Augmented Reality experiences have also been used to highlight communities within Los Angeles that have been talked over or forgotten, and ecosystems that have vanished altogether as the city grows. OxyArts of Occidental College has decided to commission AR artists to create accessible monuments to commemorate these peoples in a new and engaging way. Artist Joel Garcia collaborated with Meztli Projects to create a new monument honoring the Native Peoples of Los Angeles in place of the Junipero Serra statue on Olvera Street that was toppled in 2020. The experience is location based, and takes place through the user’s phone. When pointing my phone towards the pedestal, a native Tongva song begins to play in my headphones as an oak sapling sprouts from the center of the monument, surrounded by neon rings that radiate constellations. Garcia describes his art piece as “a memorial of a tree that was never there and imagines one that could be there to suggest a future in which the land is restored and cared for by the Tongva community” (Astrorohizal Networks). Creating monuments through Augmented Reality not enables them to be shared beyond the local community (thanks to the internet), but also ensures that these memories last indefinitely, preserving voices that the writers of history have often edited out of the story in favor of those with privilege.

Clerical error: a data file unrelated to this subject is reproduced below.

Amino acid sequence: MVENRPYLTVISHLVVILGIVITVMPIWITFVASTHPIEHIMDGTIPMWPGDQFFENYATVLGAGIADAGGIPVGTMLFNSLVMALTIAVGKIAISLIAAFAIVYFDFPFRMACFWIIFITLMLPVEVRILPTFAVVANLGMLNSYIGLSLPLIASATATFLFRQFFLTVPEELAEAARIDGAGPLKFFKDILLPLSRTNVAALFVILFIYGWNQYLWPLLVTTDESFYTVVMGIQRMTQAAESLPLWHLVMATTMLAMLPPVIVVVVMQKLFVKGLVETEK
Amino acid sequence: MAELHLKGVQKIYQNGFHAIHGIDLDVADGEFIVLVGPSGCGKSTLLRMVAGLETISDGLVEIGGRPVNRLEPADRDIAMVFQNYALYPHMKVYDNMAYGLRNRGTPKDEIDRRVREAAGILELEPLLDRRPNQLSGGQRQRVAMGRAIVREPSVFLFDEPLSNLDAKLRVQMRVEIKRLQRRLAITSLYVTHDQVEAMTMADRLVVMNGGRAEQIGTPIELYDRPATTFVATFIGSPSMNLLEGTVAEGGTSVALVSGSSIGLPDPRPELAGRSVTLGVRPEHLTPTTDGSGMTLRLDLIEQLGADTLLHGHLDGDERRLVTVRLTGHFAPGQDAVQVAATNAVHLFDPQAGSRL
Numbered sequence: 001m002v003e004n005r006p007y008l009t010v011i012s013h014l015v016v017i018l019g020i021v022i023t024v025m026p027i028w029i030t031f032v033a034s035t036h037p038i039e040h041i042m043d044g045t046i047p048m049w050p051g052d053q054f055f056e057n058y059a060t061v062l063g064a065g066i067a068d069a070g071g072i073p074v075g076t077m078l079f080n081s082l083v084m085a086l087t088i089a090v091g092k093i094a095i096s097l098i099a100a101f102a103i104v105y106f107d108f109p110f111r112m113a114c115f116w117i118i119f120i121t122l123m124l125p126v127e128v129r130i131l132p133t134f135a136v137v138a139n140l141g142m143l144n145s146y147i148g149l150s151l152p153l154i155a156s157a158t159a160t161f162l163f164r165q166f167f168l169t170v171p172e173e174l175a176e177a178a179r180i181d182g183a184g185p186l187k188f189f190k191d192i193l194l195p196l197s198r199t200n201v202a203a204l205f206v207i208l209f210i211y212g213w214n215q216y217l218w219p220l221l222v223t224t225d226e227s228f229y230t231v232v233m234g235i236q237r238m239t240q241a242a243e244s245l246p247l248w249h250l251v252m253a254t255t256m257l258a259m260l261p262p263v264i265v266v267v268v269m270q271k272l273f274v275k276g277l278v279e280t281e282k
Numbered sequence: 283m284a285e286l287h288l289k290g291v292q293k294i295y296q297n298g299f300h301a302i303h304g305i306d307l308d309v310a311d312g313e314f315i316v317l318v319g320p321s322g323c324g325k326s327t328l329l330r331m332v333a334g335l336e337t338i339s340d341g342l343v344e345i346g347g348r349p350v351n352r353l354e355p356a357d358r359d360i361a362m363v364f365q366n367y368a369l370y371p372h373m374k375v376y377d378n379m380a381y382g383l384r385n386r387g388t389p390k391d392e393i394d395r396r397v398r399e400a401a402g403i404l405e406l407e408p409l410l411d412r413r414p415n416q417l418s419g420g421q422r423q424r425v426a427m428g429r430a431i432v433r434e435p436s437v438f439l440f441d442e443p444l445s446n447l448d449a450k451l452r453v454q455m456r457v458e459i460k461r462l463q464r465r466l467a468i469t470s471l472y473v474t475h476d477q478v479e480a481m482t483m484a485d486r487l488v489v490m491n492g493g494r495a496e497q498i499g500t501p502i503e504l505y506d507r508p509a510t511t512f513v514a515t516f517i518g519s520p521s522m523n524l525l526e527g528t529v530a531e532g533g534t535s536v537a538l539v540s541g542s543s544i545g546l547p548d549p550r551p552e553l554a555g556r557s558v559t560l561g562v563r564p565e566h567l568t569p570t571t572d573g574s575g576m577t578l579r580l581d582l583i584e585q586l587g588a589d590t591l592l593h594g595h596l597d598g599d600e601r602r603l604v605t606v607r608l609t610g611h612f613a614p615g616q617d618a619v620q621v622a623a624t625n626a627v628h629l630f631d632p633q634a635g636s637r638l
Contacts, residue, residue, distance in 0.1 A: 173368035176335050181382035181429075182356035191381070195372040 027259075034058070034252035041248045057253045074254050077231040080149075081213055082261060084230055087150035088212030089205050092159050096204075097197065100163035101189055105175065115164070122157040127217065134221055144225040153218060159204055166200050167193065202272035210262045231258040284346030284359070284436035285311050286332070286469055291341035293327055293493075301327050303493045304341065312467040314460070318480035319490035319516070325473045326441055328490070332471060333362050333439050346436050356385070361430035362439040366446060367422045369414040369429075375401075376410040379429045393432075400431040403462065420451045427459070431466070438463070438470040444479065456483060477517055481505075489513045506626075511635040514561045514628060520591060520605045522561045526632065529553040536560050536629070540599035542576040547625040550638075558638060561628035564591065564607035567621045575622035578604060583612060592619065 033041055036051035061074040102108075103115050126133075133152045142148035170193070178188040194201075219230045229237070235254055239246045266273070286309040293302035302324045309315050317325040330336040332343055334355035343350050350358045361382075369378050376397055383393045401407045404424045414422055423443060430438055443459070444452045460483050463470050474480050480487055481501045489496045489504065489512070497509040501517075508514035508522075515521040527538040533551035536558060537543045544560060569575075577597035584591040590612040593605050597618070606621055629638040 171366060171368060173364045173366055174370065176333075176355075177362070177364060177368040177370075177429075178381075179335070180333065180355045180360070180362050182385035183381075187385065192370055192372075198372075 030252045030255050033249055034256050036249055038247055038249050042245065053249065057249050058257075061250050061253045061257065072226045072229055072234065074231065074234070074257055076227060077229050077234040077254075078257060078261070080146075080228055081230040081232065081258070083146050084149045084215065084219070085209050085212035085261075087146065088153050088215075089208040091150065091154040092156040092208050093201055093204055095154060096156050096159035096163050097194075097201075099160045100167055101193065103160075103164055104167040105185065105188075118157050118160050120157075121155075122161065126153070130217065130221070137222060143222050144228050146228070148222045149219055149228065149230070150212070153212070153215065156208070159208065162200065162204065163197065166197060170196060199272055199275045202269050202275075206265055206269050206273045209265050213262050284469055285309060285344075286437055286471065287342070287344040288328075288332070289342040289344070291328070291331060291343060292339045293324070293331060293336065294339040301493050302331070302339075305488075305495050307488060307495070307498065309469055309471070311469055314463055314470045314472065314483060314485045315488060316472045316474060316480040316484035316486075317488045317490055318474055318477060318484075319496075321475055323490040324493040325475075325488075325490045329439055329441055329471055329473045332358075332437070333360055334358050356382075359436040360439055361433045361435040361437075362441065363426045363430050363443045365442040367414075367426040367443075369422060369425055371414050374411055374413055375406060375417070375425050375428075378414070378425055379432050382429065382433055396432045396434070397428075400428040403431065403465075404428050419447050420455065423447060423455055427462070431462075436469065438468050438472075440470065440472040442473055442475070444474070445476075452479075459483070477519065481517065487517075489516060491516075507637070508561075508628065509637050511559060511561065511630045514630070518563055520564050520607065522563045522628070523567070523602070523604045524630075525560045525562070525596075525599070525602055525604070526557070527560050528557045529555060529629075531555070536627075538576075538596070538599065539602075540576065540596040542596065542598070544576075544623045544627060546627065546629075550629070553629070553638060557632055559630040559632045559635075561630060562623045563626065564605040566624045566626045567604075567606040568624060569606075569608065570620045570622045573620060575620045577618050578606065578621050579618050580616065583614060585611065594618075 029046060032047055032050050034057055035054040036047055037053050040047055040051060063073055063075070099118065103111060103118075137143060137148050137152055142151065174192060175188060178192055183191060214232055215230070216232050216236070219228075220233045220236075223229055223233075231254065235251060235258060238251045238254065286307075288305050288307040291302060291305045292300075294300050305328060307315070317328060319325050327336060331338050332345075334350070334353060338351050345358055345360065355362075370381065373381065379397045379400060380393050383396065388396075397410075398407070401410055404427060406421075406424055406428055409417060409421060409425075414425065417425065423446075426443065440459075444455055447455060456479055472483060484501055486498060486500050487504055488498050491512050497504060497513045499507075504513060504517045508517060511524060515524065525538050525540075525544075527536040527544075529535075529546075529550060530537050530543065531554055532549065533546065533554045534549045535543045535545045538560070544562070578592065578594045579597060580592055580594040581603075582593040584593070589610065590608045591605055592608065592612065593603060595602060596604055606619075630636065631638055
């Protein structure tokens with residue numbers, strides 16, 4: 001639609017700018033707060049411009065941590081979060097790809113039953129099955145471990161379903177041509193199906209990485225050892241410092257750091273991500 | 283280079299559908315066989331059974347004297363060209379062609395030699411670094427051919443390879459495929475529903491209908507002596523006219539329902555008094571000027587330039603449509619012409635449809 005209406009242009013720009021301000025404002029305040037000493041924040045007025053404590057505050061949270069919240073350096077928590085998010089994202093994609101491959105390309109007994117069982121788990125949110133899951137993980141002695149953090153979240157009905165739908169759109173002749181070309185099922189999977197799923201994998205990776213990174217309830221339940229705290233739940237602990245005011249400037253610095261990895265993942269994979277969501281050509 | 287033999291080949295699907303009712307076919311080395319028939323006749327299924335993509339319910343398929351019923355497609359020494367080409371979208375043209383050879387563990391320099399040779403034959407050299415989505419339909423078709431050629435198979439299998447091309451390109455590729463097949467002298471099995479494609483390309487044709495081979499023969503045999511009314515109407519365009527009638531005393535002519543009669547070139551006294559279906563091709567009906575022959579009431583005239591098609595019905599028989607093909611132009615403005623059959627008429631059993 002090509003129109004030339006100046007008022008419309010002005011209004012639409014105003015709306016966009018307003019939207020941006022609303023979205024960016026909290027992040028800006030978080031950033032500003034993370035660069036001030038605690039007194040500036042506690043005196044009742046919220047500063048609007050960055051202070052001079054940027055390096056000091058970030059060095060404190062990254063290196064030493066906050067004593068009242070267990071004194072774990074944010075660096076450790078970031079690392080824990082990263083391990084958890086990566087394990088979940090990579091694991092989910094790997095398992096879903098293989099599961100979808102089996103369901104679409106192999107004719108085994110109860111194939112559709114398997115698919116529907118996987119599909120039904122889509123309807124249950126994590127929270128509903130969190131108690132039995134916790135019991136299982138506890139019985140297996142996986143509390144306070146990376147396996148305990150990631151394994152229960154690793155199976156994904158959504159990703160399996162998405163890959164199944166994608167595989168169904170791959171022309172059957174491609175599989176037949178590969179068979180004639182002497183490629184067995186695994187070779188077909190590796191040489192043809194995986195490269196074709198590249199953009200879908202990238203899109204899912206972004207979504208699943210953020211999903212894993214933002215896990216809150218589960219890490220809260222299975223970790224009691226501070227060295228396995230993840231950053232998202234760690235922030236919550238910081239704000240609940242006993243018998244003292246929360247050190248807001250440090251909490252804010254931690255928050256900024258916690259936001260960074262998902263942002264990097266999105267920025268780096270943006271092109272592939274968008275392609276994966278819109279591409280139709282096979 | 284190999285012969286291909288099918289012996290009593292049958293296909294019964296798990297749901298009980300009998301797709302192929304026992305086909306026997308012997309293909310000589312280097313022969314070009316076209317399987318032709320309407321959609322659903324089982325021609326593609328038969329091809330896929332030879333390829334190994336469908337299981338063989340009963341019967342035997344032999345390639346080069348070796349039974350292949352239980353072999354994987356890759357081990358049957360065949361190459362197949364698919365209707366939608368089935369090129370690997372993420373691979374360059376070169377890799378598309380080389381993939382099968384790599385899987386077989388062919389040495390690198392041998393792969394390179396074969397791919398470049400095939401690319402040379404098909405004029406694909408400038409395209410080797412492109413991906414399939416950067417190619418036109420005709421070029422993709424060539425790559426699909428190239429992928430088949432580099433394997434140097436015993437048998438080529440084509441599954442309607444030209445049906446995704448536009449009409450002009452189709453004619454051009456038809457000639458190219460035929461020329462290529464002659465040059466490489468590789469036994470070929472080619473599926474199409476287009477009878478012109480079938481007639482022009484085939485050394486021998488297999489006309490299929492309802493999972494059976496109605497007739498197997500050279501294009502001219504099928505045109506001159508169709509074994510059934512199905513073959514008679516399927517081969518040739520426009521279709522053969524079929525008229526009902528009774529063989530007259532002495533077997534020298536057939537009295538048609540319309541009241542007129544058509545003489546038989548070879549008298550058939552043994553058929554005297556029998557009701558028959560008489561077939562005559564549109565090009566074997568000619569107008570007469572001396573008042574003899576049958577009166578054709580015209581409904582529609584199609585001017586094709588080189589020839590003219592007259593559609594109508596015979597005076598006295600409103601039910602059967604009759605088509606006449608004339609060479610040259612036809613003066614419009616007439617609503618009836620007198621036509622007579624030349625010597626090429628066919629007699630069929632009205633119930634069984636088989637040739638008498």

I think that over the course of this exploration, I’ve come to understand the layers of LA in a new light. I’ve read my history textbooks and articles online, but nothing compares to staring face-to-face at history through the use of AR. Los Angeles has taken on many forms throughout its history, and has been home to countless stories, including the likes of everything from saber toothed cats to Native American tribes to immigrants from all over the world. The line of storytelling continues with our generation, but it doesn’t stop there. Myself, along with every other Extended Reality creator- in LA and beyond- have the opportunity to preserve history through an immersive and empathy-engaging medium. My hope is that we use AR to bring the past, present, and future right into the hands of our children, so that they may have greater access to an all-encompassing understanding of this planet. For me, that journey begins here in LA, with my iPhone in hand, backpack strapped on, and eyes wide open, ready to take in all that the Augmented Reality world has to offer.
Leave a Reply